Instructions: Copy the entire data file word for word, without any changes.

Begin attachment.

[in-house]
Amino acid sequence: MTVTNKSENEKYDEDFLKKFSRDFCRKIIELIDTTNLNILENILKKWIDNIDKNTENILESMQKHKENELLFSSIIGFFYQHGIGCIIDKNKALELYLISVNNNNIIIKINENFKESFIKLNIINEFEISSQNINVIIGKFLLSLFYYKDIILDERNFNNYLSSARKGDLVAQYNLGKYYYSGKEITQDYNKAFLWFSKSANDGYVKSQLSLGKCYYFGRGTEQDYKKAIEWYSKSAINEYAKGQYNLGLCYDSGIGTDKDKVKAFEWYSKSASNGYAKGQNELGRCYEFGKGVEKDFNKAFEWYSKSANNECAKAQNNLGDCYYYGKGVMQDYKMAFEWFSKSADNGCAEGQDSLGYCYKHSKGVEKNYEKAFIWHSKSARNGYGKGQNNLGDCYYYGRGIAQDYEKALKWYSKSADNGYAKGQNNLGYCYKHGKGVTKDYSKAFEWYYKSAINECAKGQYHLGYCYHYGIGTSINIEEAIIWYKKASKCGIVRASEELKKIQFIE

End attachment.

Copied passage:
[in-house]
Amino acid sequence: MTVTNKSENEKYDEDFLKKFSRDFCRKIIELIDTTNLNILENILKKWIDNIDKNTENILESMQKHKENELLFSSIIGFFYQHGIGCIIDKNKALELYLISVNNNNIIIKINENFKESFIKLNIINEFEISSQNINVIIGKFLLSLFYYKDIILDERNFNNYLSSARKGDLVAQYNLGKYYYSGKEITQDYNKAFLWFSKSANDGYVKSQLSLGKCYYFGRGTEQDYKKAIEWYSKSAINEYAKGQYNLGLCYDSGIGTDKDKVKAFEWYSKSASNGYAKGQNELGRCYEFGKGVEKDFNKAFEWYSKSANNECAKAQNNLGDCYYYGKGVMQDYKMAFEWFSKSADNGCAEGQDSLGYCYKHSKGVEKNYEKAFIWHSKSARNGYGKGQNNLGDCYYYGRGIAQDYEKALKWYSKSADNGYAKGQNNLGYCYKHGKGVTKDYSKAFEWYYKSAINECAKGQYHLGYCYHYGIGTSINIEEAIIWYKKASKCGIVRASEELKKIQFIE